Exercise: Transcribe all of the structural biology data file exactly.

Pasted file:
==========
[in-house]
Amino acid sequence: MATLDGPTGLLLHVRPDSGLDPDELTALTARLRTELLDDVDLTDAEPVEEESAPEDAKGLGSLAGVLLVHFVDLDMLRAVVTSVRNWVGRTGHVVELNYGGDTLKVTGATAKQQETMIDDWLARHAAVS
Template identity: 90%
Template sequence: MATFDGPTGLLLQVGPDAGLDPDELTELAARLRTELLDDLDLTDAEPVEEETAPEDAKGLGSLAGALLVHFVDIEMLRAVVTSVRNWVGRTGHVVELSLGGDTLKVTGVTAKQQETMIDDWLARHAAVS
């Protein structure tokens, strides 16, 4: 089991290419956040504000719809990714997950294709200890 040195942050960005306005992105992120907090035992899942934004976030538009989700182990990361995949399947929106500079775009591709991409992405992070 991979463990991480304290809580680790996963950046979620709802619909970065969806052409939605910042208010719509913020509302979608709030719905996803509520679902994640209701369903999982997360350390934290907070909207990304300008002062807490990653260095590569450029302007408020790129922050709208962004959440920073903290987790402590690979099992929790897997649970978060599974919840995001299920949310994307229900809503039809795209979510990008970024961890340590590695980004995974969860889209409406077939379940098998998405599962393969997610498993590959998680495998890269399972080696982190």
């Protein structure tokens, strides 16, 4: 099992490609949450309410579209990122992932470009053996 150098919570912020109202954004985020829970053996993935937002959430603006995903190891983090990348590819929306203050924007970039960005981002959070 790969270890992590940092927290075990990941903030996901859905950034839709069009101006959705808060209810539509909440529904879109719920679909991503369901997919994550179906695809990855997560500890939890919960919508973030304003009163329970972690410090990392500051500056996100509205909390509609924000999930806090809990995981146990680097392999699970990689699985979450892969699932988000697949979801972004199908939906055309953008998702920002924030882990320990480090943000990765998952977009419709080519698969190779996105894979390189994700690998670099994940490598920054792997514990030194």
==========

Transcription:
[in-house]
Amino acid sequence: MATLDGPTGLLLHVRPDSGLDPDELTALTARLRTELLDDVDLTDAEPVEEESAPEDAKGLGSLAGVLLVHFVDLDMLRAVVTSVRNWVGRTGHVVELNYGGDTLKVTGATAKQQETMIDDWLARHAAVS
Template identity: 90%
Template sequence: MATFDGPTGLLLQVGPDAGLDPDELTELAARLRTELLDDLDLTDAEPVEEETAPEDAKGLGSLAGALLVHFVDIEMLRAVVTSVRNWVGRTGHVVELSLGGDTLKVTGVTAKQQETMIDDWLARHAAVS
């Protein structure tokens, strides 16, 4: 089991290419956040504000719809990714997950294709200890 040195942050960005306005992105992120907090035992899942934004976030538009989700182990990361995949399947929106500079775009591709991409992405992070 991979463990991480304290809580680790996963950046979620709802619909970065969806052409939605910042208010719509913020509302979608709030719905996803509520679902994640209701369903999982997360350390934290907070909207990304300008002062807490990653260095590569450029302007408020790129922050709208962004959440920073903290987790402590690979099992929790897997649970978060599974919840995001299920949310994307229900809503039809795209979510990008970024961890340590590695980004995974969860889209409406077939379940098998998405599962393969997610498993590959998680495998890269399972080696982190």
């Protein structure tokens, strides 16, 4: 099992490609949450309410579209990122992932470009053996 150098919570912020109202954004985020829970053996993935937002959430603006995903190891983090990348590819929306203050924007970039960005981002959070 790969270890992590940092927290075990990941903030996901859905950034839709069009101006959705808060209810539509909440529904879109719920679909991503369901997919994550179906695809990855997560500890939890919960919508973030304003009163329970972690410090990392500051500056996100509205909390509609924000999930806090809990995981146990680097392999699970990689699985979450892969699932988000697949979801972004199908939906055309953008998702920002924030882990320990480090943000990765998952977009419709080519698969190779996105894979390189994700690998670099994940490598920054792997514990030194």